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A Reporting Life in Latin America

Government troops enforcing a daytime curfew, San Vicente de Chucurí, Colombia, 1988
Susan Meiselas/Magnum Photos
Government troops enforcing a daytime curfew after a massacre in San Vicente de Chucurí, Colombia, 1988

A version of this essay, titled “Among the Drug Dealers, Criminals, Rapists: A Reporting Life in Latin America,” was delivered as the Robert B. Silvers Lecture at the New York Public Library on December 4, 2018.

I sense some obligation to explain the title of this talk. The flimflam man currently occupying the White House has provoked such an increase in the amount of hate circulating in the world that sometimes it makes me dizzy, as if I were about to lose my balance and fall. He uses hatred and latent violence every time he feels the need to run from the taxman or the prosecutor. The three years since the last presidential campaign have been so filled with outrage and insult, it’s hard to remember that from the first day he stood on that escalator in his very own tower, there has been no group he has vilified more consistently than Latin Americans. You can see his logic: unlike African-Americans, Jews, or even Latinos—established migrants from Latin America living in the United States, or US citizens descended from Latin immigrants—desperate Latin Americans fleeing desperate conditions back home can be called rapists, thieves, and murderers with impunity: they do not file lawsuits, do not live here, do not vote, and by definition have no representation within the United States.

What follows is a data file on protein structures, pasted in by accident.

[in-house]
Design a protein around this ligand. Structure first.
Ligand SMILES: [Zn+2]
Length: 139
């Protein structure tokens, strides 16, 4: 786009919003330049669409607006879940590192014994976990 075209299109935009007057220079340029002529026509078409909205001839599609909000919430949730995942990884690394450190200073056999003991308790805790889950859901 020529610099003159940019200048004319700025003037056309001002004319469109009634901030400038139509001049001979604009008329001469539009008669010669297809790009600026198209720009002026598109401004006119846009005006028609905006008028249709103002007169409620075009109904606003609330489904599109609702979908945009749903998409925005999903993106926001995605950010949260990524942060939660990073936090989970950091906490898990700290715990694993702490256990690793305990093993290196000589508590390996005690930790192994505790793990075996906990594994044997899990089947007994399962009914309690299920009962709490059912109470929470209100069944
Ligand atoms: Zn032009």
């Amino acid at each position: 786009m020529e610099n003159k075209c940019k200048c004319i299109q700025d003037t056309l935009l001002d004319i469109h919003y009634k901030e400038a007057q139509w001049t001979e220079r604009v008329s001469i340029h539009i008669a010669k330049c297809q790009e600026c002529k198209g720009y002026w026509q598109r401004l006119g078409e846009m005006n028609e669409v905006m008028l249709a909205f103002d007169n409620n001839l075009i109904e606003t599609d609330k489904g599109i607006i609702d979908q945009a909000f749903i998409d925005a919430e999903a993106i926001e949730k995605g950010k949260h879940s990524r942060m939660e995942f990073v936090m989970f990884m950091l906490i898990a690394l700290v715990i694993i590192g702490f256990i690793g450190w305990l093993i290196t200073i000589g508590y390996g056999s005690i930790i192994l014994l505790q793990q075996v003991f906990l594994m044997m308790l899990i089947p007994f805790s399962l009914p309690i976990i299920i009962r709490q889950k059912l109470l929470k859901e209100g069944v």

The thing is, though, that in order to stick, every Big Lie has to have an element of truth. In the case of this lie, the truth is that, for years now, Latin America has had the highest homicide rate of any region in the world. In El Salvador last year, for example, for every 100,000 citizens, some fifty people were murdered. Most, but not all, were men between the ages of sixteen and twenty-eight. About one fifth were young women, a growing trend.

The figures fluctuate according to time and place, but they’ve been at least that high at different moments in Honduras, El Salvador, Caracas, parts of Mexico, certain cities in Brazil, some regions of Colombia. In the twelve years since Felipe Calderón, Mexico’s most reckless president, involved the army in his country’s drug wars, at least 150,000 of his fellow citizens have died violent, often atrocious, deaths. And this figure does not reflect the total damage—the maimed, the traumatized, the orphaned, or the increasing number of families in which poor and often unskilled women struggle to bring up hard-working, God-fearing children, often by risking everything in order to bring them to safety in this country. These numbers are part of the reason I’ve spent a good portion of the last twenty-five years talking to the rapists, thieves, killers, and drug traffickers of the world I…

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